Barun Mitra engaged the audience in a thought-provoking open discussion that centered around legitimacy of political institutions in liberal-democratic societies and free exchange of private property,underlining the importance of free markets in India and around the world.
In March 2018, the National Independent Schools Alliance had submitted a comprehensive Charter of Demands to the Prime Minister's Office calling for greater school choice, more effective and feasible safety regulations, direct benefit transfers in education, and policy interventions to promote the ease of opening schools in India. On 19th June, 2018 NISA office bearers met with Shri Prakash Javadekar, Hon'ble Minister of Human Resource Development to submit the Charter. A comprehensive report on state of schools closures in the country was also presented.
The meeting addressed the following concerns:discussed
- The need for Direct Benefit Transfer(DBT) in school education, to foster greater quality, accountability and efficiency.
- Amendments to RTE Act 2009 to shift focus from input-based recognition of schools to learning outcome-based school recognition.
- A safety and security policy for private schools students, teachers and management.
- Extension for NIOS Diploma in Elementary Education (2017-2019) to 2021.
- The exemption of Budget Private Schools(BPS) under section 10(23C) applicable to "Not for Profit" education societies.
- Non-discriminatory education policies for both public and private schools.
Mr. Kulbhushan Sharma, President,NISA; Mr Premchand Deswal, President of Private Land Public School Associations (PLPS) Delhi; Mr. Ravinder Yadav, member PLPS; Thomas Antony and Nitesh Anand from the NISA Secretariat were part of the delegation.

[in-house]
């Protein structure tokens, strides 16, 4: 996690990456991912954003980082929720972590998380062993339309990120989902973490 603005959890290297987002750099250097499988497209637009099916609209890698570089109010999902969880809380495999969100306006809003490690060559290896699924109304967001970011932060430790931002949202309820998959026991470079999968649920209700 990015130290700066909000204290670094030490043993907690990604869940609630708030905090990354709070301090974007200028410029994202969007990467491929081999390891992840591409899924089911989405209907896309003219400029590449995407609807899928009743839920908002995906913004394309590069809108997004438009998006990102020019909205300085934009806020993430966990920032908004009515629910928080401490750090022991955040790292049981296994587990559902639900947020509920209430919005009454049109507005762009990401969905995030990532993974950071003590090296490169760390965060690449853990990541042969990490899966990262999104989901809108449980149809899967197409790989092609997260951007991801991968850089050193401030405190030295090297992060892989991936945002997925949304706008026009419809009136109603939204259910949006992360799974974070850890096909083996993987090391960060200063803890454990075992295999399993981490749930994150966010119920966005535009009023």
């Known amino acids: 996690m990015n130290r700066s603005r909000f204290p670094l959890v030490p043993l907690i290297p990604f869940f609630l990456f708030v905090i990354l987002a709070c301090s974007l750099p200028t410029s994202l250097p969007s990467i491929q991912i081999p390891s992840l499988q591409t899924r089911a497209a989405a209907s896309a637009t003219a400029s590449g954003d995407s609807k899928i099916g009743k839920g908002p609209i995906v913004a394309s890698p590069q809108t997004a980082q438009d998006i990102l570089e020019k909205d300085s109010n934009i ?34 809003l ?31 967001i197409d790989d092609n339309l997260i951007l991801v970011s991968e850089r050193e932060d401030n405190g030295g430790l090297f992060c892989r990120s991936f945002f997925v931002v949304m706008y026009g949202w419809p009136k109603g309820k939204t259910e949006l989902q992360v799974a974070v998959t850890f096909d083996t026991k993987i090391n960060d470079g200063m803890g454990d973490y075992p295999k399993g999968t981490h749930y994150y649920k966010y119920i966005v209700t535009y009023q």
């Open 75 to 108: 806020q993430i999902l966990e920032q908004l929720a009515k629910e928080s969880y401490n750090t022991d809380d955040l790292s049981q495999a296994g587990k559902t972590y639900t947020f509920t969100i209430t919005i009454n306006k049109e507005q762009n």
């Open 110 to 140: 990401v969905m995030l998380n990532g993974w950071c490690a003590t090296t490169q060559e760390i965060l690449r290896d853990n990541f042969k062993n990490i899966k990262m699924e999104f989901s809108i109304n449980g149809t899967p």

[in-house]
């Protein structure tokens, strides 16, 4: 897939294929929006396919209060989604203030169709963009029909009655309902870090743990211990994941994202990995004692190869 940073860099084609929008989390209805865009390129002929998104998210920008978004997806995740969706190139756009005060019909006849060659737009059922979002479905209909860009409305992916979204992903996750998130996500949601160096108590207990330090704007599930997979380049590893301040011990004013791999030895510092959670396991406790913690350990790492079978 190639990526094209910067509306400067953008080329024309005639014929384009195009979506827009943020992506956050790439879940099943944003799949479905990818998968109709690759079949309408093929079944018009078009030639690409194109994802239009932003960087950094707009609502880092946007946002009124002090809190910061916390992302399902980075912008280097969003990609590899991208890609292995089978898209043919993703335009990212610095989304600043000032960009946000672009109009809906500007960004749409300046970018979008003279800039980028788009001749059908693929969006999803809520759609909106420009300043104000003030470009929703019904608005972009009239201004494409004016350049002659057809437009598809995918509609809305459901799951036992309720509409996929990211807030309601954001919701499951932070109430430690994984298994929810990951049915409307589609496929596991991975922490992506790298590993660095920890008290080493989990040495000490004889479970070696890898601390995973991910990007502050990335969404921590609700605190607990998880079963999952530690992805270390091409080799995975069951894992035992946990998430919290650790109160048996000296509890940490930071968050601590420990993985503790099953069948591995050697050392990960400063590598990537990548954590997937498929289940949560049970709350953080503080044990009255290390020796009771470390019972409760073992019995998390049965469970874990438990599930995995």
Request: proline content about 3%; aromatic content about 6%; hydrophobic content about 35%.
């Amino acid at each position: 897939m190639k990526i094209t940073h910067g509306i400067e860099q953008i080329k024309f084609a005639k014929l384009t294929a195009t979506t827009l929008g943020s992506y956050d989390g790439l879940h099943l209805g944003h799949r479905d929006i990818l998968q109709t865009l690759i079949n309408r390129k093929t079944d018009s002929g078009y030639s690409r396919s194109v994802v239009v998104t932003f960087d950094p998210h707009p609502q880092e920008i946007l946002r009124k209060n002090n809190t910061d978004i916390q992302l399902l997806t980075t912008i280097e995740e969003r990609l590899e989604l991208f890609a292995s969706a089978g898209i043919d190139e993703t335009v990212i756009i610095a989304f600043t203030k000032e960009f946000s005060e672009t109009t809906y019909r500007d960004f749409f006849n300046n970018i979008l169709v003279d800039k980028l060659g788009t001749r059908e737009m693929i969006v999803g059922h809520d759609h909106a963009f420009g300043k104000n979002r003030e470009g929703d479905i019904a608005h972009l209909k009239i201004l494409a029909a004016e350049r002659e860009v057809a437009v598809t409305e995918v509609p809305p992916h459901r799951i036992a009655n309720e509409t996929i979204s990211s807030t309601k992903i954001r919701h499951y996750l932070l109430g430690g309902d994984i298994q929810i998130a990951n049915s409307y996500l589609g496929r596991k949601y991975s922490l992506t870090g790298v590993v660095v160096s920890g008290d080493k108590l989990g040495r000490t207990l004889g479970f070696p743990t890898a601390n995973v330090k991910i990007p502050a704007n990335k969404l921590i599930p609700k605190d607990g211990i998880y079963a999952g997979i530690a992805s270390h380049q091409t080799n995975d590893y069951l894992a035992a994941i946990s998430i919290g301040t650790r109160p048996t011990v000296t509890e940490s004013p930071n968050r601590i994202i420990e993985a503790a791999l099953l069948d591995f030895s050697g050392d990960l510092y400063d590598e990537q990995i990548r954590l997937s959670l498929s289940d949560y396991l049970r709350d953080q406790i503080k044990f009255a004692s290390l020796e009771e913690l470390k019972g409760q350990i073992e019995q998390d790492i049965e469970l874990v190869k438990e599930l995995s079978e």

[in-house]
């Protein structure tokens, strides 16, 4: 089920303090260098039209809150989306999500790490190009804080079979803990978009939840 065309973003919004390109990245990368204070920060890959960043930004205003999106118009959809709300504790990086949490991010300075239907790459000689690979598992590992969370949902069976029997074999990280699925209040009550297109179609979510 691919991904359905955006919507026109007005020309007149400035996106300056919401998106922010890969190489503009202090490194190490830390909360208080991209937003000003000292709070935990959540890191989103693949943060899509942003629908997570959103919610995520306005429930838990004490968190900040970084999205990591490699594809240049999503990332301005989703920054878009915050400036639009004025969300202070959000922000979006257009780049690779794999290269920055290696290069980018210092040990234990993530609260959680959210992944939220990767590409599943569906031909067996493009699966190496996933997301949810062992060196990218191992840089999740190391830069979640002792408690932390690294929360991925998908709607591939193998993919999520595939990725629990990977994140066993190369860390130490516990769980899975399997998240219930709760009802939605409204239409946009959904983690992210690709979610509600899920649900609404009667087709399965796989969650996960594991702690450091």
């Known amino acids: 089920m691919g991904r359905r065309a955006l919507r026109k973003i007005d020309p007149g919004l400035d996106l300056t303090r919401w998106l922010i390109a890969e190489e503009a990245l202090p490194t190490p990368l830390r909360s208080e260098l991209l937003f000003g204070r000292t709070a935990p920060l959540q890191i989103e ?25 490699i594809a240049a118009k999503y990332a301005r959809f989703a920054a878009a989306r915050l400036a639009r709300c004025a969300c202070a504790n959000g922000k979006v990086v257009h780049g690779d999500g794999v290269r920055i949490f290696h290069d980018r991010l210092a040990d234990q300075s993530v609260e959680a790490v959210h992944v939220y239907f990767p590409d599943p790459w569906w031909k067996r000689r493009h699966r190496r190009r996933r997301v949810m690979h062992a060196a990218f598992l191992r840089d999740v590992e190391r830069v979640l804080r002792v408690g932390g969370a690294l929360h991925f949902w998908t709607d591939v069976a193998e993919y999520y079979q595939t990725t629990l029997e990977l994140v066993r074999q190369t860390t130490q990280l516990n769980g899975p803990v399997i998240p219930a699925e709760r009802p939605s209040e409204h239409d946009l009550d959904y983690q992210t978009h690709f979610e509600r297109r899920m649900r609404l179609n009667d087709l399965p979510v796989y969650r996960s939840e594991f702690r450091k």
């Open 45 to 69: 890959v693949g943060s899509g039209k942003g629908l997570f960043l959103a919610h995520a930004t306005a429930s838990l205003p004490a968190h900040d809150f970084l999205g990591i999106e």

Parth Shah, President, Centre for Civil Society, was invited to speak at Atlas Network's Global Policy Perspectives event series held this June at the Cornell Club in New York. Speaking on the need for 'Dismantling Barriers to Education and Enterprise in India' he discussed the emergence and scope of, and challenges to locally grown, market-based solutions to education and poverty in the country.
The talk addressed the shift in parental choice and the rejection of state paternalism in education, even among communities that were historically presumed to be welfare-dependent, demonstrated by the increased preference for 'low-fee' or budget private schools (BPS) in India. Highlighting the policy prejudice against BPS in the context of India's enduring license raj, he also addressed the continuing regulatory barriers to small and marginal enterprises, and the need for promoting the ease of doing business at the bottom-of-the-pyramid.
In the backdrop of these regulatory incompetencies, Parth Shah introduced the audience to CCS' on-going research and advocacy for reforms in education and enterprise regulation, and the need for cultivating young policy leaders to drive social change in India.
We hosted two journalists' dialogues' in the month of June bringing together 37 journalists, to discuss market solutions to our enduring developmental challenges. An opportunity of networking and insightful discussions, the participant journalists discussed and deliberated on policy issues, and celebrated the spirit of liberal journalism.